Located in the northern region of Laos, Luang Probang was once the nation’s capital, located in a rich and powerful region due position along the silk road. Legend has it that Buddha would also use the area as a resting place along his travels. Primarily situated on a peninsula where the Nam Khan river meets the mighty Mekong, Luang Prabang is now a UNESCO World Heritage site.
Most longer term travellers would reach Luang Probang via Northern Cambodia, followed by into Southern Laos and then slowly northward through the normal chaos that you’d experience elsewhere in SE Asia. However reaching Luang Prabang, you’ll find a different kind of tourist. They come here but the bus load or directly from the international airport just outside of town. As a result, Luang Prabang would be place that most people could find polarising, depending on the type of traveller you are.
Many of the homes are now converted guest houses, although it’s evident that a lot more effort has been put into preserving the old school charm and feel. Compared to the other towns in Laos, there is very little rubbish on the streets and there is literally no traffic on the peninsula. It feels like everybody was sent a memo on acceptable standards of behaviour.
I mentioned that a place like Luang Prabang can be polarizing. How did I feel about it? Well I liked it. The main reason was that I was quite ill when I left Cambodia and I needed a place to just chill out and recover, so not having to rough it too much did was I needed. If I would have been here ten years ago then it would have been quite the incredible place, but I was still impressed at how the town’s been able to maintain some sense of order despite the growing number of tourists.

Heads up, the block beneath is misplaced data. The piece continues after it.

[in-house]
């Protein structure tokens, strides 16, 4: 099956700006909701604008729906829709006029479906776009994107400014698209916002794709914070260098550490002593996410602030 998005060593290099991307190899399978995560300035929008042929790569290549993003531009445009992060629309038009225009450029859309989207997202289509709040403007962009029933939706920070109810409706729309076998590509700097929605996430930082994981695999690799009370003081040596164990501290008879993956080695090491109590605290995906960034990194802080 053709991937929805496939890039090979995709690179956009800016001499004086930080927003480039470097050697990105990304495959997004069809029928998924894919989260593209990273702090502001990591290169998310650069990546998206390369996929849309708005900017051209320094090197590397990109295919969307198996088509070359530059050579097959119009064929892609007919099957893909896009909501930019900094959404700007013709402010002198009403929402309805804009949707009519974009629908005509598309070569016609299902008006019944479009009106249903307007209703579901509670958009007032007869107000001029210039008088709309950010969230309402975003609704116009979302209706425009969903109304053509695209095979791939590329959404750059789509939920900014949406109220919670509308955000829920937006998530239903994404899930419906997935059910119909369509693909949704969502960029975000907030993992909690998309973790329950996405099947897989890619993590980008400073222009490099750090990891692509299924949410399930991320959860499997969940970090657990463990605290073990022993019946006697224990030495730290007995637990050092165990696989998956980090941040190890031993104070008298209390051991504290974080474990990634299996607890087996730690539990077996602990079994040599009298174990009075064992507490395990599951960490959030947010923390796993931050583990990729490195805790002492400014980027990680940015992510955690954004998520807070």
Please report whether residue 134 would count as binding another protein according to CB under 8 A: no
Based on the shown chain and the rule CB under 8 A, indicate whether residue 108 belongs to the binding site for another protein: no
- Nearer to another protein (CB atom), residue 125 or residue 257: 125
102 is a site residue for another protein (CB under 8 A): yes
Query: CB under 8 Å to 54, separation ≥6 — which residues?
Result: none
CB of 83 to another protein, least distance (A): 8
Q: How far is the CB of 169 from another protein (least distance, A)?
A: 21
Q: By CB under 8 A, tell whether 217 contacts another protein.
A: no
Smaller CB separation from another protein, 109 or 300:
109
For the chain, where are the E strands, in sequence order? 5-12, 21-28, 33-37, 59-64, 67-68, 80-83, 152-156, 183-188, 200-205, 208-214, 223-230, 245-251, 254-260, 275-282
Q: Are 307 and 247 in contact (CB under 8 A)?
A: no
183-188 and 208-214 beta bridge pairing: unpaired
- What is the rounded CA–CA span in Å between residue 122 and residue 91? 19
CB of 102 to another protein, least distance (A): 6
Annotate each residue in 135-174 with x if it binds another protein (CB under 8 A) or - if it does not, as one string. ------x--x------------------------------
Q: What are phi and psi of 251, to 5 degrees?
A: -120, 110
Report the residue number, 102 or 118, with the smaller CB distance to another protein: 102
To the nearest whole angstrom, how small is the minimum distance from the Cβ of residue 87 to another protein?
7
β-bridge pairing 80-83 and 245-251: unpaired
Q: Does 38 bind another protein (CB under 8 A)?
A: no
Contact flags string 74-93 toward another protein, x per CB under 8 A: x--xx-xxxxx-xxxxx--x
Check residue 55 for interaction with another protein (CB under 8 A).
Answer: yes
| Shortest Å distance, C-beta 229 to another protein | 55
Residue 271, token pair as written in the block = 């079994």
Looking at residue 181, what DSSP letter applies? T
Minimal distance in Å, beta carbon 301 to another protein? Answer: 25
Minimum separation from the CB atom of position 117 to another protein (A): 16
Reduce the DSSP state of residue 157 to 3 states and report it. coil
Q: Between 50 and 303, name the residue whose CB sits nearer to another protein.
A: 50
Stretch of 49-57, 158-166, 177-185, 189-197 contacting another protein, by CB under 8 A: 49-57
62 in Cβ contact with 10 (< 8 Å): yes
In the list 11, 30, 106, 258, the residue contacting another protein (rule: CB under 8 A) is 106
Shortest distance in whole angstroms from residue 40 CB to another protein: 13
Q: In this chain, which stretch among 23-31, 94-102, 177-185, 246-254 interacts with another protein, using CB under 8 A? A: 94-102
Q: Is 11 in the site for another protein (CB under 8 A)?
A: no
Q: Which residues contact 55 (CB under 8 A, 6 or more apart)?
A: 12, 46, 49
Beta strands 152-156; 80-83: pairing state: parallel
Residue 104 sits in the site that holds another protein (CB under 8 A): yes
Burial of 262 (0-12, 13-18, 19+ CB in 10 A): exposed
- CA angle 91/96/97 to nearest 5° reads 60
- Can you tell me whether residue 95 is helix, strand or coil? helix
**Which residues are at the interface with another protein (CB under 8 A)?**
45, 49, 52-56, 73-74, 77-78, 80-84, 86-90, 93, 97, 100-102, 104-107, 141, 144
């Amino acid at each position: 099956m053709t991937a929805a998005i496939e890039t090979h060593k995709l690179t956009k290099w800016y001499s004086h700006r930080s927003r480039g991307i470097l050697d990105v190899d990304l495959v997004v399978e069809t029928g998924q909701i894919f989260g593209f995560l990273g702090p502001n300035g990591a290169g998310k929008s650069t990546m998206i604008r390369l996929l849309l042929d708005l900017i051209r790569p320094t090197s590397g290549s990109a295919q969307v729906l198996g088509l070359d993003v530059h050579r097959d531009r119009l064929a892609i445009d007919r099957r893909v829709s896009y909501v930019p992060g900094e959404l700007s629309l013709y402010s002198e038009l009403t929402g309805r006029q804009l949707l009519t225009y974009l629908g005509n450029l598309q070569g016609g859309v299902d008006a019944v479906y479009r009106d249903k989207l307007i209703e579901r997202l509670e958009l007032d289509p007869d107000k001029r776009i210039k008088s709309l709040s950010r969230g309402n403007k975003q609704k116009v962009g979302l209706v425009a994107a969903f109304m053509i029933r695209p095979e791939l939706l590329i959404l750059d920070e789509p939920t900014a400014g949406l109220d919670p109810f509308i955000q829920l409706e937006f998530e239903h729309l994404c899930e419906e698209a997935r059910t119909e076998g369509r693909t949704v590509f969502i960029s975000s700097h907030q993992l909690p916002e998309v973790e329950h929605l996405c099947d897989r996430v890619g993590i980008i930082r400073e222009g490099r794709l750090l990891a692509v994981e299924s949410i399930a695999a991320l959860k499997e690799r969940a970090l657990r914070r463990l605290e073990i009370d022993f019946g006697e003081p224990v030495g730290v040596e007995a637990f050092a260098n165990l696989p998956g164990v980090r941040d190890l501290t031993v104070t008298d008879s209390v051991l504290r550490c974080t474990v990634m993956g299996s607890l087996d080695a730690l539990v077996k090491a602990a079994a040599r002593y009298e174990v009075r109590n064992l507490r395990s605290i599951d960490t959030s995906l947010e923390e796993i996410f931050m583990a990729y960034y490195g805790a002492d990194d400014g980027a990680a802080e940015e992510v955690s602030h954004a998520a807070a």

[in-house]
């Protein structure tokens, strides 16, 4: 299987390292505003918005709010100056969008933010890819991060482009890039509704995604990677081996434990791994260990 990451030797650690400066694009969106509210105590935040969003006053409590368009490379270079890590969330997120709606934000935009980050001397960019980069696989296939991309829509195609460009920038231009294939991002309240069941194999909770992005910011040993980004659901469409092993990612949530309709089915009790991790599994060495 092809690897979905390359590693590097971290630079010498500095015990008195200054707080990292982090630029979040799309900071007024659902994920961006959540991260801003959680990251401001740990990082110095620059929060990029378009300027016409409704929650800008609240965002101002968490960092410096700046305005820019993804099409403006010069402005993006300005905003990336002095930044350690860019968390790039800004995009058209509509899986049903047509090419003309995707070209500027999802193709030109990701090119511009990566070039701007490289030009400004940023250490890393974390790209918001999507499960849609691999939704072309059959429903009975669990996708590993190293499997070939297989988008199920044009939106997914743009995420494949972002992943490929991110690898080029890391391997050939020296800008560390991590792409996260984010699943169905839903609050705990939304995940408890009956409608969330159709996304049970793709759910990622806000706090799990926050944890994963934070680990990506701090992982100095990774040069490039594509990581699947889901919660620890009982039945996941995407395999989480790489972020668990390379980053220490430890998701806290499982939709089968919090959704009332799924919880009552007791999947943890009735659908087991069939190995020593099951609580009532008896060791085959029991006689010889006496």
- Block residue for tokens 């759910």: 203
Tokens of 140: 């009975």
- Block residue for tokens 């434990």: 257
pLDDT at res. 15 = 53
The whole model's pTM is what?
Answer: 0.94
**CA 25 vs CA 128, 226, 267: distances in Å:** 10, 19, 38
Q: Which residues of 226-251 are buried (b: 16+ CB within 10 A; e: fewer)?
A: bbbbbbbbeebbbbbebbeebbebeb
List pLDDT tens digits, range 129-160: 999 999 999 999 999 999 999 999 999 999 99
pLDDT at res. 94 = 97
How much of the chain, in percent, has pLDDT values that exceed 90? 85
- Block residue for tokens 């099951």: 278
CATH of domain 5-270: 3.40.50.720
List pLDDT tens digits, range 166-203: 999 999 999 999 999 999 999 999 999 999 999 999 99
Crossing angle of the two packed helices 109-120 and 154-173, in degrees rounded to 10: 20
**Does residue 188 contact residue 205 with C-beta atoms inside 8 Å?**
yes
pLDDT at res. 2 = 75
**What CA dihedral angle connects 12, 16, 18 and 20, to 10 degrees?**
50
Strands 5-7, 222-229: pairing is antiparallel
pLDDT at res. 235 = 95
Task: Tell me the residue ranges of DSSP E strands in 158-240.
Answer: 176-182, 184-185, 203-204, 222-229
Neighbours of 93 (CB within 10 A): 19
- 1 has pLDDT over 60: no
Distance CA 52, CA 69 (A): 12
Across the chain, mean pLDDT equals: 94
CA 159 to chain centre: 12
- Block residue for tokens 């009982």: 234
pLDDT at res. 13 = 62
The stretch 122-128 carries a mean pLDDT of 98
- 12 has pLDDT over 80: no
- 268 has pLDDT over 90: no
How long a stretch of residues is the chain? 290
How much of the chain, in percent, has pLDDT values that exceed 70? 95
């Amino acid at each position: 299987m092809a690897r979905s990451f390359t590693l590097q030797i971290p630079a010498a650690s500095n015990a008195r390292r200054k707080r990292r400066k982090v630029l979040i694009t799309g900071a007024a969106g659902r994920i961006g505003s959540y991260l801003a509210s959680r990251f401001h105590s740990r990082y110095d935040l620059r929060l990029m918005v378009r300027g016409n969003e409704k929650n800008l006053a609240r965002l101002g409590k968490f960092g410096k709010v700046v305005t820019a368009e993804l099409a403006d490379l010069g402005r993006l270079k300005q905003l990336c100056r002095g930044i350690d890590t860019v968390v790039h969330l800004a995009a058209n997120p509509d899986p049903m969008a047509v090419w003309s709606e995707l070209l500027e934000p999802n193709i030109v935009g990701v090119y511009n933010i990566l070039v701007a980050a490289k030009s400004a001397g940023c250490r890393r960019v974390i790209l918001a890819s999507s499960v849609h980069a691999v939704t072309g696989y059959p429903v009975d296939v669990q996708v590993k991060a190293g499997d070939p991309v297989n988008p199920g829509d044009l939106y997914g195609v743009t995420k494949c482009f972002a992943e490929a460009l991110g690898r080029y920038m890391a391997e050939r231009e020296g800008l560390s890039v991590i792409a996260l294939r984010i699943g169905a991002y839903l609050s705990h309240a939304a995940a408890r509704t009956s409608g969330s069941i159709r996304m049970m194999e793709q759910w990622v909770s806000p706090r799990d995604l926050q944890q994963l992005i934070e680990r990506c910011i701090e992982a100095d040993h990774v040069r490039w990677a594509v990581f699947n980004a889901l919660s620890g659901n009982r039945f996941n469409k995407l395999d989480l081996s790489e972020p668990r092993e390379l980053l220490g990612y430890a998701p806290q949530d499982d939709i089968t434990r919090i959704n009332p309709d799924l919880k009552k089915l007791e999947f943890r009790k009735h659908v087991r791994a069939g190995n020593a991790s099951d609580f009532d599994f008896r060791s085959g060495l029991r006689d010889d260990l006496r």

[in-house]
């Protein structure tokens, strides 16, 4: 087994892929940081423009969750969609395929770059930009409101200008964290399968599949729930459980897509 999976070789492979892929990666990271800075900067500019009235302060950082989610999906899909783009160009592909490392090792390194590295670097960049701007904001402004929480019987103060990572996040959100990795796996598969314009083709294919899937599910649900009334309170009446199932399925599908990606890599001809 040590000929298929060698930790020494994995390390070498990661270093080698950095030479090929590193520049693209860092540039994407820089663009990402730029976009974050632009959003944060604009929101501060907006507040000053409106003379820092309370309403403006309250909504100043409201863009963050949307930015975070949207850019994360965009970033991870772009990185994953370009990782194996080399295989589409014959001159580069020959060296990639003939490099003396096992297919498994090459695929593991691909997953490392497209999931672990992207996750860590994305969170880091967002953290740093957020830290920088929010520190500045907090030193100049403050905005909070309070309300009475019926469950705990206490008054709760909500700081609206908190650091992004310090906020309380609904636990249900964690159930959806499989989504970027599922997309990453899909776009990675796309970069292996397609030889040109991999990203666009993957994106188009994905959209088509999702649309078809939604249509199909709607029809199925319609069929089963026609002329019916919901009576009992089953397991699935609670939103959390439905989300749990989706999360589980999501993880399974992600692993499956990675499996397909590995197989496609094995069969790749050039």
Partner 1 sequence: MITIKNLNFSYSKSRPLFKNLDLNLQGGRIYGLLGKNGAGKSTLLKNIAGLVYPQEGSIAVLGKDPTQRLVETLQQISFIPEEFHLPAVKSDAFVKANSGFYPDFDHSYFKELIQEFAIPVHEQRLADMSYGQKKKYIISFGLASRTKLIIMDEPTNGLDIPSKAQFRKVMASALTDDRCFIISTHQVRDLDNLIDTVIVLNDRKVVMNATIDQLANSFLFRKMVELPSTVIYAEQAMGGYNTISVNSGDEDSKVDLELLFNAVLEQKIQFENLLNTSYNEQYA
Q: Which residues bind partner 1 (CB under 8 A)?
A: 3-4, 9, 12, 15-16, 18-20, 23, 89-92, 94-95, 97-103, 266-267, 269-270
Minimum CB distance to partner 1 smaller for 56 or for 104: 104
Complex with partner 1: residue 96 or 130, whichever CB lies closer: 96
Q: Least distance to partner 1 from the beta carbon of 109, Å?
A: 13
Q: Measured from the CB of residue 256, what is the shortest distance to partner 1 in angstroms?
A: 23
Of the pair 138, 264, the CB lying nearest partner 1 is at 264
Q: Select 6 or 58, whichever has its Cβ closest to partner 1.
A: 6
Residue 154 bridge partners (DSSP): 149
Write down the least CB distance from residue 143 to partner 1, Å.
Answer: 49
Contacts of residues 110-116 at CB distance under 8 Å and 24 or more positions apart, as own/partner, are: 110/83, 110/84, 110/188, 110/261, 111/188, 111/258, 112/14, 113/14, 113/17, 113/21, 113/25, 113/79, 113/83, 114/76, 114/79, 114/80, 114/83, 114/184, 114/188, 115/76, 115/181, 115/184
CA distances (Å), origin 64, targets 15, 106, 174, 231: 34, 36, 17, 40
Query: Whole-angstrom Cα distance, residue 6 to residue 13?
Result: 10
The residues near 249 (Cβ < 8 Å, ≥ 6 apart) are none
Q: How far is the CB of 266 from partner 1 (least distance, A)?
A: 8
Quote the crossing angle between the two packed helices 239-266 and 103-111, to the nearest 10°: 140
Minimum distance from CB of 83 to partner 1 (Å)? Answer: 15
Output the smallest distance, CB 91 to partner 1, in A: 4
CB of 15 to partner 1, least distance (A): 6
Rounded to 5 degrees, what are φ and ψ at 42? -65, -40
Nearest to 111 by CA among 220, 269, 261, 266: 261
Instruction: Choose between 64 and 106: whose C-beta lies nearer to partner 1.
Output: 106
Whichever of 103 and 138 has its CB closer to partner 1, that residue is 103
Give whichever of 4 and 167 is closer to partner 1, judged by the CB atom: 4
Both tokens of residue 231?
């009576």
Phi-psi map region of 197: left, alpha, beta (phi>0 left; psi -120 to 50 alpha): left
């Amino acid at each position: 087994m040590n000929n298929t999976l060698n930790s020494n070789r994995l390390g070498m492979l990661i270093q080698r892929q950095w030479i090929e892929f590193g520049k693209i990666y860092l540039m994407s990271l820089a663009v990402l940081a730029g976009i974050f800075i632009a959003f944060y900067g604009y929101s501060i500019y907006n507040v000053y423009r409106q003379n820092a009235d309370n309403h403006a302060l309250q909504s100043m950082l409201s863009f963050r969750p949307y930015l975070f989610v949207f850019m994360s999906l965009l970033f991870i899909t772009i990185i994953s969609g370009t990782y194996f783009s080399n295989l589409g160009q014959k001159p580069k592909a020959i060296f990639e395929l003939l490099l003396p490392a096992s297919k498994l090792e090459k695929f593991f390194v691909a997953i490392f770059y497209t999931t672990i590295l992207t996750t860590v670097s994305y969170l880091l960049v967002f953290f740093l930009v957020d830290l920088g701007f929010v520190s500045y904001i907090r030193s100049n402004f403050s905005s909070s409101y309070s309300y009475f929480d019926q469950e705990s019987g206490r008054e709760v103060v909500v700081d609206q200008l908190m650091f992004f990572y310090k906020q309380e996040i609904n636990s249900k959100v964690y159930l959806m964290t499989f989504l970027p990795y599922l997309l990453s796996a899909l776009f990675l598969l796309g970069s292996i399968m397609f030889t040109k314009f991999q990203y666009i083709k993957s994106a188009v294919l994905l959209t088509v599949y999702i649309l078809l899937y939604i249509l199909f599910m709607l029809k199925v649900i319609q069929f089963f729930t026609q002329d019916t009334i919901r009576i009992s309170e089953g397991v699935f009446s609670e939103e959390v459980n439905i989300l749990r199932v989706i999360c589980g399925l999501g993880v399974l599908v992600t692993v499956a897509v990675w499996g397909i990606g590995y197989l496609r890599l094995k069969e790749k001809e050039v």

I spent a total of eight days in the town which might be considered a bit of overkill. However I was enjoying the slow pace and catching up with friends who would later arrive. By the end, I was feeling better and yearning for the craziness and buzz of the standard Asian cities. I probably could have done a lot more in my time here and the average traveller wouldn’t spend the same amount of time that I did here. If you have a few days to spare, here is a list of seven things to get involved with.
Check out some of the temples
Luang Prabang was the centre of Buddhism in Laos, hence the incredible number of temples situated around the town. At its peak there were 66 temples but due to war and conflict, that number is now 32, still an impressive number. Unless if you’re a temple nerd, you wouldn’t want to visit all of them. My picks are: Wat Wisunalat, Wat Siphoutthabath and Wat Pak Khan.
If you do go, ensure that you follow a few etiquette guidelines. Remove your shoes inside the buildings, keep you legs and shoulders covered, try not to point your feet directly at the altar or in the position of a monk and women shouldn’t touch the monks.
Sunset at Wat Chom Si on Mount Phousi
Mount Phousi is more of a hill that is 100m high but the steps will test your spirit on a hot afternoon. At the top is Wat Chom Si where you can enjoy the setting sun over the Mekong River. Make time to visit Wat Tham Phou Si half way down on the other side of the hill. It’s a popular location for viewing the sunsets so come an hour earlier to secure a good vantage point. If you happen to arrive on a full moon the look behind you after the sunset for a great full moon rising in the distance over Nam Khan River.
Look up and admire the fusion of traditional and french architecture